If you’re looking to make important business connections, LinkedIn is the premier social media platform to use. You’ll find recruiters using LinkedIn to find job candidates; CEOs looking to grow their influence and build trust with buyers; solopreneurs looking for freelancers to build their dream team; and coaches finding clients on LinkedIn. In the world of business relationships, you just never know who you’ll meet that will possibly send you your most lucrative client. Hence growing your network steadily and consistently, makes good business sense.
However, if you think blasting LinkedIn users with connection requests is the way to go, put the brakes on your plans and rethink your strategy. Here’s some well-researched advice:
1. Nobody likes a spammer
Logging into your dashboard and sending out a blast of connection requests is not good use of your time. And if you think blasting your current connections with your latest product, service, or event will make you instant friends, think again. These are typical forms of spamming which will lose you connections instead of gaining them.
2. Don’t use people just for introductions
When someone accepts your connection, get to know that person and their company before asking for introductions to others in their network. People are very protective of their networks and will pick and choose whom they allow access. If they refer you to their connection, and that introduction or meeting doesn’t go well, then THEIR reputation is at stake. Building relationships goes two ways for this exact reason.
3. Remember the Golden Rule: Treat others as you want to be treated
Follow your simple common sense; if you don’t want to be bombarded with connection requests and product offers or offers to join teams when you don’t know the person asking, why would you do those same things to others? Connect with others who have a common interest or whose companies compliment yours. A personalized connection request makes a big difference, too. You know how frustrating it is when you get a connection request with no personalization or introduction.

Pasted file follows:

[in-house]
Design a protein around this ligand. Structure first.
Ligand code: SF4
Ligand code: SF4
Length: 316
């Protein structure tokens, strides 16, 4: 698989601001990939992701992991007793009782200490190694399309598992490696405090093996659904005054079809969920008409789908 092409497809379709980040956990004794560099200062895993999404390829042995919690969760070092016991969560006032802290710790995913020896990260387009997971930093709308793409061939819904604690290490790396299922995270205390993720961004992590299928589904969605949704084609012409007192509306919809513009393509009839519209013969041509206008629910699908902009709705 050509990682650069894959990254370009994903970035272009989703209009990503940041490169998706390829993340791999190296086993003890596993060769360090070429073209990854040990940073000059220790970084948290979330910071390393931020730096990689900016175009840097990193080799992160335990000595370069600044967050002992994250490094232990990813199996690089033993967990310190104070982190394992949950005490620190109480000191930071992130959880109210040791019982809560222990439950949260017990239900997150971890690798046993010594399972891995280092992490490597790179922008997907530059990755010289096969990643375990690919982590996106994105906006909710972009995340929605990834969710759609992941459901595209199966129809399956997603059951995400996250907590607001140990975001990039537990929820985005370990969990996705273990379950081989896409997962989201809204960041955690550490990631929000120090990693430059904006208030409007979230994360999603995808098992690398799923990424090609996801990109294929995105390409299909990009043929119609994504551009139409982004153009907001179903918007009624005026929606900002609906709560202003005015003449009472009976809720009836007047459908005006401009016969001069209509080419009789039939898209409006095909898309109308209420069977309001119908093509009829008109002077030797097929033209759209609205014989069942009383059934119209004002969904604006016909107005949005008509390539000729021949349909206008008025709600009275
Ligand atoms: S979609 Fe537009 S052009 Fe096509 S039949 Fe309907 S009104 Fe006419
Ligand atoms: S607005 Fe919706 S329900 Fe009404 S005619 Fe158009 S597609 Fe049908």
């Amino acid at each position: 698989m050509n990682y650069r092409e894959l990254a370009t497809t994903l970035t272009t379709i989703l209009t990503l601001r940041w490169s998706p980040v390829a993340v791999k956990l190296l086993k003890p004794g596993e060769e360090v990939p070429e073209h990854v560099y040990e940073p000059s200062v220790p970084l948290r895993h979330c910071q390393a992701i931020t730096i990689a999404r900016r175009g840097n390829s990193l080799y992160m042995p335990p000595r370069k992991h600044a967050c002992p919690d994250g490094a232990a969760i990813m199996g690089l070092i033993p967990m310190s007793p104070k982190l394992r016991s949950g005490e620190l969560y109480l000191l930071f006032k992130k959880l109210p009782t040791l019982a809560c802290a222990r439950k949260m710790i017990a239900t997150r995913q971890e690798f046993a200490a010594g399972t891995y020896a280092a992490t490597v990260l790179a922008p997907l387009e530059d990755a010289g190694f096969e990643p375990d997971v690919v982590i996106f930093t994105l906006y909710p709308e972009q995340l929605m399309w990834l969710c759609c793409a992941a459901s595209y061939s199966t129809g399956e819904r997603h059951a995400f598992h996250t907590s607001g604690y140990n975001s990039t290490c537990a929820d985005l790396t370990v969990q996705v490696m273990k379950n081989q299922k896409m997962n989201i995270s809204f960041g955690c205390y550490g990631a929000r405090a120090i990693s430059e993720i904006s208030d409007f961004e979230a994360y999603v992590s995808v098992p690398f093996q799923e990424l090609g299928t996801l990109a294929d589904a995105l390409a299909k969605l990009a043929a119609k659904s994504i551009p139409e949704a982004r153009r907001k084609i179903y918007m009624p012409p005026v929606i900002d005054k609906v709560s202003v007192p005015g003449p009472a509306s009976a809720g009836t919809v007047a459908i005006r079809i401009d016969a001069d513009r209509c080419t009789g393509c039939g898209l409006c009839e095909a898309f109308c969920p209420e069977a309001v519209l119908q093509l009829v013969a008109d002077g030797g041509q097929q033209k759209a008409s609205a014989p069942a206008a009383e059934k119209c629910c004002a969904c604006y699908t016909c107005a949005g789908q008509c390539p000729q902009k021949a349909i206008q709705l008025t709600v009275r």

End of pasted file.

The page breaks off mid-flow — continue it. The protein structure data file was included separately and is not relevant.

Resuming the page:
4. Allow time to build relationships and to build your network
Your network will NOT grow overnight, especially if you use spam tactics to connect with people. Think of networking as the “planting of seeds,” where you certainly talk about what you do and who you are but in a natural, organic, and authentic way instead of aggressively finding clients on LinkedIn in sales mode. Over time your connections will remember what you do and if they like your style, they will readily refer people to you; but they need to know you better and that takes time.
5. Provide value to others
One way to showcase your expertise to your LinkedIn connections is to share consistently. Write articles, participate in groups, ask questions, and share about your mission and why it’s important to you. Educate your followers about what you do or the problems you can solve. Done consistently, this type of sharing will keep you in people’s minds and you just never know when they will be ready to hire you or send you a referral.
Networking on LinkedIn really boils down to common sense. Act professionally so you portray your business in the best possible light and be authentic in your interactions. Your ideal clients will be drawn to you once they get to know you as a person, instead of as a salesperson.
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